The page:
It’s late at night and you are playing an NES action/platformer and you died. Again. You have Zero Continues. “Retry”?
You can download an mp3 of Zero Continues here.
No NSF this month. See the technical breakdown below for the reason why.
This Month’s Song Process
This month’s song is a failure. It’s a failure to execute the prompt, it’s a failure to get the kinds of sounds I wanted out of the Wavetable Synthesis channel, but ultimately it’s a failure of creativity. It’s my failure though, so I’m simultaneously pretty disappointed with it and also fine with where I landed after a few weeks of working on it.
The Loud Prompt
My initial vision was a song that was similar in mood to the opening title screen splash from Contra, and the first level’s music. I wanted something driving, fast, and aggressive with sampled low-bitrate and very short “Konami drums”. I mentally envisioned a lot of loud open 5th chords because it’s hard to resolve a chord with only 3 voices and they are also used in a lot of guitar rock.
The Loud Wavetables
I opened up a new file and set the system to NES+FDS (Famicom Disk System) Expansion. I thought it would be a baby step toward adding more sound texture to the piece as the FDS offers a new 6th channel of wavetable synthesis. Wavetables let you draw more or less arbitrary waveforms and play them back at a given frequency. This gives you many more options for timbre than you have with the square and triangle channels on the NES.
I’m not really happy with where the voices ended up. I use the wavetable channel for the baseline underneath the main chorus (this actually sounds pretty good) and the plucky lead voice in the bridge (which is the one I’m not super happy with). I know that you are technically able to modulate the wave channel with another waveform which will open up a huge amount of ability to change the sound but I wasn’t able to figure it out. Maybe for another month.
Unfortunately, Deflemask only outputs +FDS expansion files as .vgm format files so my “Gambi” NSF player on my phone doesn’t accept the file format. Me having an NSF file at the end of the month is something that ultimately only matters to me, but it’s a huge amount of my intangible fun doing these songs, so that was another thing that didn’t work out this month.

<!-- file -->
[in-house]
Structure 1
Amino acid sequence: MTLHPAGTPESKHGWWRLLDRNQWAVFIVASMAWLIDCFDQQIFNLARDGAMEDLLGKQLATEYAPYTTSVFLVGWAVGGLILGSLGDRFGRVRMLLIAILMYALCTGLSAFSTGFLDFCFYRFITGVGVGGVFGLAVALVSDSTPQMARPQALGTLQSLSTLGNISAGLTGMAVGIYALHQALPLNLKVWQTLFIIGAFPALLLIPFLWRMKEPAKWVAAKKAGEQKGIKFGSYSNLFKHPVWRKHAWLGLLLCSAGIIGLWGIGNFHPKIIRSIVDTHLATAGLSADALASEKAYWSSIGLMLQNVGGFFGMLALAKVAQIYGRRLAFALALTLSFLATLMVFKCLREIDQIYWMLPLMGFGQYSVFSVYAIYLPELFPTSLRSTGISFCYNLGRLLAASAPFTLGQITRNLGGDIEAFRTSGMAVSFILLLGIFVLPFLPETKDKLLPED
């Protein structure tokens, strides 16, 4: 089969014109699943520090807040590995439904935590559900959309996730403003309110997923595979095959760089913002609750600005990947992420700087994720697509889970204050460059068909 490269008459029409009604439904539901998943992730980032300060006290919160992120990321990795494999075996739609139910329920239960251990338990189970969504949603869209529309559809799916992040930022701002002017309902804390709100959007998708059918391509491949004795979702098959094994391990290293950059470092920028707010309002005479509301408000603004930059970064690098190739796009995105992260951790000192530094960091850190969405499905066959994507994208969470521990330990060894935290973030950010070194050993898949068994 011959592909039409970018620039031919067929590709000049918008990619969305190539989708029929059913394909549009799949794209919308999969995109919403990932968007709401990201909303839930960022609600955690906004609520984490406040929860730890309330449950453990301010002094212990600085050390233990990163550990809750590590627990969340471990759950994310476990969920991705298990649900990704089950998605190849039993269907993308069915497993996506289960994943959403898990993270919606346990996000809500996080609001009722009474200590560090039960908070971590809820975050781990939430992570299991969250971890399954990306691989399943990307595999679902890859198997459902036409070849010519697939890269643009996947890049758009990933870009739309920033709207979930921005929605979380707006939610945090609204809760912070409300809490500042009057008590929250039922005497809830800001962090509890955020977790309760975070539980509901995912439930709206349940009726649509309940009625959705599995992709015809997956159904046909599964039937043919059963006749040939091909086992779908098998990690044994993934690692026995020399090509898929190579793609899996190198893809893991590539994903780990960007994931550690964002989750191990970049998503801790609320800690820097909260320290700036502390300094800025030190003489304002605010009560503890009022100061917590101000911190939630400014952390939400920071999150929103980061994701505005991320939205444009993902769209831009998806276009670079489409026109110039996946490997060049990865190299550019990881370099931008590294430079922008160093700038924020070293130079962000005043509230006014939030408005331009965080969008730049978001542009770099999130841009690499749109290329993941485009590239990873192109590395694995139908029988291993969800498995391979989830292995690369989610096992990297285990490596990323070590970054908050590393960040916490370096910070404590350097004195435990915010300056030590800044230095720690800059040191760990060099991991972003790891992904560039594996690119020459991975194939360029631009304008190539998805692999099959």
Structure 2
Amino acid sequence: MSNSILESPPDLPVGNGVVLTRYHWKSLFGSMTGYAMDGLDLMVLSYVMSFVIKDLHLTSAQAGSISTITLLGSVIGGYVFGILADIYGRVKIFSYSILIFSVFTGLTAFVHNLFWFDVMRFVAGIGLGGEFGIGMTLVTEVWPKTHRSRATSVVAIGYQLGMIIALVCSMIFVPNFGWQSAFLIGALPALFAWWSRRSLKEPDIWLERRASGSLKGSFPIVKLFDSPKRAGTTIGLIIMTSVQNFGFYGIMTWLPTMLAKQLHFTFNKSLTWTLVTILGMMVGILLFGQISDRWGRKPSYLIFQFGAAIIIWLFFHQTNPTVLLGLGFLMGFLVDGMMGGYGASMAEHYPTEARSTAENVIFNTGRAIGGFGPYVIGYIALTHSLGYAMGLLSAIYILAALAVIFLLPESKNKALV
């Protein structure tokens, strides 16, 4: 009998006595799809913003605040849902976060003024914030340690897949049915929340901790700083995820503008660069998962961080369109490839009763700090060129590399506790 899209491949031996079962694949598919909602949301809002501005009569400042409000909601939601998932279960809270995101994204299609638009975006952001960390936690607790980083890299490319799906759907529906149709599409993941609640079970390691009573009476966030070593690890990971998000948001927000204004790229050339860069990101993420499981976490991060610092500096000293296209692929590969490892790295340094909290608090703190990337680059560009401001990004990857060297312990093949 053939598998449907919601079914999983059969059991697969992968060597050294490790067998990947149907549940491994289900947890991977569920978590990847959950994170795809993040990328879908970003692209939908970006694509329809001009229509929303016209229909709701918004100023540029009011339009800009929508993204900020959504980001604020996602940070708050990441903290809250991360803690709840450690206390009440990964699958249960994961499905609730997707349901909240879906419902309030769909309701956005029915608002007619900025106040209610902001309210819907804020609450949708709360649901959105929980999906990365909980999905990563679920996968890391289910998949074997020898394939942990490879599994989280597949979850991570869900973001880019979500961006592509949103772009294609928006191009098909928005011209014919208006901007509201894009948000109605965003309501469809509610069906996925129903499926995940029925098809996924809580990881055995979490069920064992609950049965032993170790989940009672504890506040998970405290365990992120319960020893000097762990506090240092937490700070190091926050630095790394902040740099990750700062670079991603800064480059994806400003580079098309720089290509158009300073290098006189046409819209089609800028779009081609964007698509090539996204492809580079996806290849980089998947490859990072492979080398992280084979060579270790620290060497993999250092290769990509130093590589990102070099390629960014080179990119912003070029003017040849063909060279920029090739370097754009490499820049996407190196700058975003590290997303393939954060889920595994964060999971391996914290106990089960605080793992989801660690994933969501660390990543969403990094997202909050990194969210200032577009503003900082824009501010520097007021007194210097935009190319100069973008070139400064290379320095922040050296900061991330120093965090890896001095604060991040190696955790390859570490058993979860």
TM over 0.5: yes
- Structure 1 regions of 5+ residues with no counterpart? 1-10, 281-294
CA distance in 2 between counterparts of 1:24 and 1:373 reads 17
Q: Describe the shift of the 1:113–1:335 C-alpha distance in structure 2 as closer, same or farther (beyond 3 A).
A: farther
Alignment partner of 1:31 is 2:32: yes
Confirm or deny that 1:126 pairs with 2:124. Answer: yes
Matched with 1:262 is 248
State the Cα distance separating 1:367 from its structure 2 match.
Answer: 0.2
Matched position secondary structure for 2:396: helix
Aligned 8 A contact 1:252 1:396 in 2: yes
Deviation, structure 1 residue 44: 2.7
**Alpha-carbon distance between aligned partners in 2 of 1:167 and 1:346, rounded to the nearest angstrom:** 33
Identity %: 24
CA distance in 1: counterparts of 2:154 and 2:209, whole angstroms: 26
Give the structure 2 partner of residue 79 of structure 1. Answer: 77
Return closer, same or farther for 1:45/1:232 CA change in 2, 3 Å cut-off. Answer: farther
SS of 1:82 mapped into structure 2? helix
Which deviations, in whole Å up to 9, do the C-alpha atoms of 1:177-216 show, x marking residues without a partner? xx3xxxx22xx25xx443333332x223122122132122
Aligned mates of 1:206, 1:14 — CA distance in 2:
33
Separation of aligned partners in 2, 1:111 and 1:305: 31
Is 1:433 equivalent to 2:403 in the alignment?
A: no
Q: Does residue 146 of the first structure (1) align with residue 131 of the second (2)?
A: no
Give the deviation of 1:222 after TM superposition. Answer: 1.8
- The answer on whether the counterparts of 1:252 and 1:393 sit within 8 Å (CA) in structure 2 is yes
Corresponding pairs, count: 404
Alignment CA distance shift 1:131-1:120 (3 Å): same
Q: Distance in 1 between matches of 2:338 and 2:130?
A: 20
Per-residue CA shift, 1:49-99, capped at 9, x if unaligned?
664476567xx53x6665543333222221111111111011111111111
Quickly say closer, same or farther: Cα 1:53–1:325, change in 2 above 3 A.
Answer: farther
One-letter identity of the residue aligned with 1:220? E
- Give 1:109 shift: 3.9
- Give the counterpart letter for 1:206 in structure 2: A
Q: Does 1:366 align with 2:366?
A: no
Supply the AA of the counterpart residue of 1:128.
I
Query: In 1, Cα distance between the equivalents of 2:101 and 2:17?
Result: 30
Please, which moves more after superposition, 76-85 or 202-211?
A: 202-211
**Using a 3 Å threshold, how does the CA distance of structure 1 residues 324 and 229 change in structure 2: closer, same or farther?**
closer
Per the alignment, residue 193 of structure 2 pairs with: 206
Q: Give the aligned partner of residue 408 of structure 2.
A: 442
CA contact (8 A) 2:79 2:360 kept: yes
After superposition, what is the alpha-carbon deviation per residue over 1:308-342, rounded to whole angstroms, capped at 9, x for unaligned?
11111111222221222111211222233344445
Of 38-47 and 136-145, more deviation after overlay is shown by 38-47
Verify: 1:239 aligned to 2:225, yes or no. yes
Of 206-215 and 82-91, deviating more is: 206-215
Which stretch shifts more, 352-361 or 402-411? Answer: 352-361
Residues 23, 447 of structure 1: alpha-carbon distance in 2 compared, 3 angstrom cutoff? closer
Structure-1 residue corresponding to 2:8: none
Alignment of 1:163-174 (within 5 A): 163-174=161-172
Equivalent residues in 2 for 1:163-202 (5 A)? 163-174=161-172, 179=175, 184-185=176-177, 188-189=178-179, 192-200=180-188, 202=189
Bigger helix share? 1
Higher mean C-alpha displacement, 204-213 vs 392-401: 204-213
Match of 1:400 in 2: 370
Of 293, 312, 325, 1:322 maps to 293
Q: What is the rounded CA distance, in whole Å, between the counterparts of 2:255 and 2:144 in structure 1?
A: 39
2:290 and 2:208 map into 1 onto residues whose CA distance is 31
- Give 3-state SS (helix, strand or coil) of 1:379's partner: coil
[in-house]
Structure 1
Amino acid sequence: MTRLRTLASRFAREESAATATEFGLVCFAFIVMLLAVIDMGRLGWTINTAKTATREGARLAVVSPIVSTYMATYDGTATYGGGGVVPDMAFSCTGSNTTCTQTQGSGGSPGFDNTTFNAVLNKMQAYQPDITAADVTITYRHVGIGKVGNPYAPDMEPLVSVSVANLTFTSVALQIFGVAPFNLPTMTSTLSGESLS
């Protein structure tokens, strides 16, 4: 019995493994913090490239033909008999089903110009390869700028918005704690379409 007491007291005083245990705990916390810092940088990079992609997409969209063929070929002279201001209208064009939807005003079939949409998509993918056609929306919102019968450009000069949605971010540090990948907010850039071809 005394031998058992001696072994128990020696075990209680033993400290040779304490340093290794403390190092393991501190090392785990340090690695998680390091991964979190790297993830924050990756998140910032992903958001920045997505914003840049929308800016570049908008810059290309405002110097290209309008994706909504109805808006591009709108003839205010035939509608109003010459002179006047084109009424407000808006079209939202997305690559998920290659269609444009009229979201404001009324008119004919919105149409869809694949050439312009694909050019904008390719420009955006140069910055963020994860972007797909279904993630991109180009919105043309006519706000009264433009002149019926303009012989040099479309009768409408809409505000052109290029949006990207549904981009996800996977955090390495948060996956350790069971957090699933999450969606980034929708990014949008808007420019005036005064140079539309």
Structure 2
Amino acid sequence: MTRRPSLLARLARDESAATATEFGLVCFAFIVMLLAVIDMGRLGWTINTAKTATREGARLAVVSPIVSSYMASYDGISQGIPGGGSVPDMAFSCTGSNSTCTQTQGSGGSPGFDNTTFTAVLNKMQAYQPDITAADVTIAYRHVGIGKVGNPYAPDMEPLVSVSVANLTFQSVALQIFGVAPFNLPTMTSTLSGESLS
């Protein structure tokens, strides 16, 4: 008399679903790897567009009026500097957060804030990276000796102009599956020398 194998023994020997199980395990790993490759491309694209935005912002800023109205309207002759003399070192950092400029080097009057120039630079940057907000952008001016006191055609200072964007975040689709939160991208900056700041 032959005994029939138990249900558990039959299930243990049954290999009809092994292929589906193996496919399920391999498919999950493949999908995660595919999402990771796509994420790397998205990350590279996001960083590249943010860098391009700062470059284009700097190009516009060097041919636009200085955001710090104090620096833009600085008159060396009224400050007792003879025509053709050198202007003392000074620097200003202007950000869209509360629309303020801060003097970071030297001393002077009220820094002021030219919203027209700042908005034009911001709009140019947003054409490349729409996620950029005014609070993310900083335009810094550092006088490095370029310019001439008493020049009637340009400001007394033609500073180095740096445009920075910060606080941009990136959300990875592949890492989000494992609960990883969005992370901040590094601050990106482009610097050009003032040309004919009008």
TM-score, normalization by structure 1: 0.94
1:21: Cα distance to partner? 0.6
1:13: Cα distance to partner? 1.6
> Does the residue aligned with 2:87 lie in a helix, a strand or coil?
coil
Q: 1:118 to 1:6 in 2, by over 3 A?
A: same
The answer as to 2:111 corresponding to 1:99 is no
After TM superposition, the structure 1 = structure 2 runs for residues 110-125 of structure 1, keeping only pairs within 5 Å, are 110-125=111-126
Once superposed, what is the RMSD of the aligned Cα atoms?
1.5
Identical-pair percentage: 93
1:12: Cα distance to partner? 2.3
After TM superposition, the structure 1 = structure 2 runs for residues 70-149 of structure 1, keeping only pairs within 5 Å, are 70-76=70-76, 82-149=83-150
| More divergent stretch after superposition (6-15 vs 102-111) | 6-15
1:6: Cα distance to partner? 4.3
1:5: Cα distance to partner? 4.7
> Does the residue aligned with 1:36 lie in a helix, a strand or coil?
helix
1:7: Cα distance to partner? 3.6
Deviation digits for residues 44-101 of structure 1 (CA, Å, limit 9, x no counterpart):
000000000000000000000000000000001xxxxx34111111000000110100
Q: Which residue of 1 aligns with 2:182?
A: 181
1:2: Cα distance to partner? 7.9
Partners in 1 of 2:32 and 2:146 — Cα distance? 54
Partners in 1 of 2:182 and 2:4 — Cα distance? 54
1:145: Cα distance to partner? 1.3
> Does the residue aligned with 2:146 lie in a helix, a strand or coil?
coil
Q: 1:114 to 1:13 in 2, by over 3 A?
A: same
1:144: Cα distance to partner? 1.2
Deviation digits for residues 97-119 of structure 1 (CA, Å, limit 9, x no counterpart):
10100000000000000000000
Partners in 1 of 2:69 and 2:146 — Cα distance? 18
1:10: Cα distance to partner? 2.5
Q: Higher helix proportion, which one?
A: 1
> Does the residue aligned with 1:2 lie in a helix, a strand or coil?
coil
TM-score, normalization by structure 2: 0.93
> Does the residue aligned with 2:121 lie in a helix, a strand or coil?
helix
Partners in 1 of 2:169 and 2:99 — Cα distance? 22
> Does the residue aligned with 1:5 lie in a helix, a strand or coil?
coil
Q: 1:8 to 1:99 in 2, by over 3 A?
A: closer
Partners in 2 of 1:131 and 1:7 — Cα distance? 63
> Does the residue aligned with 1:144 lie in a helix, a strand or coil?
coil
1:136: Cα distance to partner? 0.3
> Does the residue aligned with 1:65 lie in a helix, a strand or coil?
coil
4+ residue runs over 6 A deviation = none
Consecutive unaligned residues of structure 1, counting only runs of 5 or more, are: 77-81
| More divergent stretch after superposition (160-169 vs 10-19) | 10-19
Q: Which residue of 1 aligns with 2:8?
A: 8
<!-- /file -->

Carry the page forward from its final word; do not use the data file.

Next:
Actual Songwriting Process
I wrote the initial few bars as an intent to be part of the verse or chorus structure and they ended up being more of an initial intro. I struggled mightily throughout the first few weeks of the month just trying to get some chords to line up in a way that sounded like a powerful chord progression into a rock solo.
I played around with the drums and got the PCM samples sounding how I wanted to though. Technically DefleMask uses CPU-based sampled sound instead of DPCM sampled sound so they sound a bit better than they would if Konami was implementing this track in the early 90s, but I think it is close enough. Also having the added texture of the noise channel being almost exclusively used for the high-hat and splashes simultaneously with kick or snare makes a big difference without the song sounding “too good” for NES.
I tried to move the fast baseline in and out of a melody, but it was ironically “too loud” to be a melody. It wasn’t hummable, so it was just too much.
Finally, I came up with a rhythm for the chorus that I really liked on a bike ride and implemented it. The rest of the song kind of came together after that.
When You Play Yourself, You Plagiarize Yourself
As part of my process, I create demos that I listen to during the day, making dinner, driving around town and it helps me listen to the song and see if something needs to change. I went out to pick up a take-and-bake pizza for lunch this week and when I was sitting at a red light I realized that the melody of “Zero Continues” is exactly the same as “Purple Motown” from last month. The melody’s first bar with the “1 2 3+ 4+” rhythm is exactly the same in both songs. The melodic intervals are also the same. Like, you can hum “Purple Motown” on top of this track and it fits precisely.
I had ripped off my own song from last month.
An extremely odd realization to say the least. I sat with it for the last few days and ultimately decided that the song was basically done and it was mine regardless and it is kind of an interesting artistic experience. I’ve heard and read lots of stories about musicians accidentally writing covers of another band’s song they had heard on the radio but I didn’t expect it to happen to me as an amateur.
I’m hoping October will be a clean slate and I won’t write the same song again. No more continues.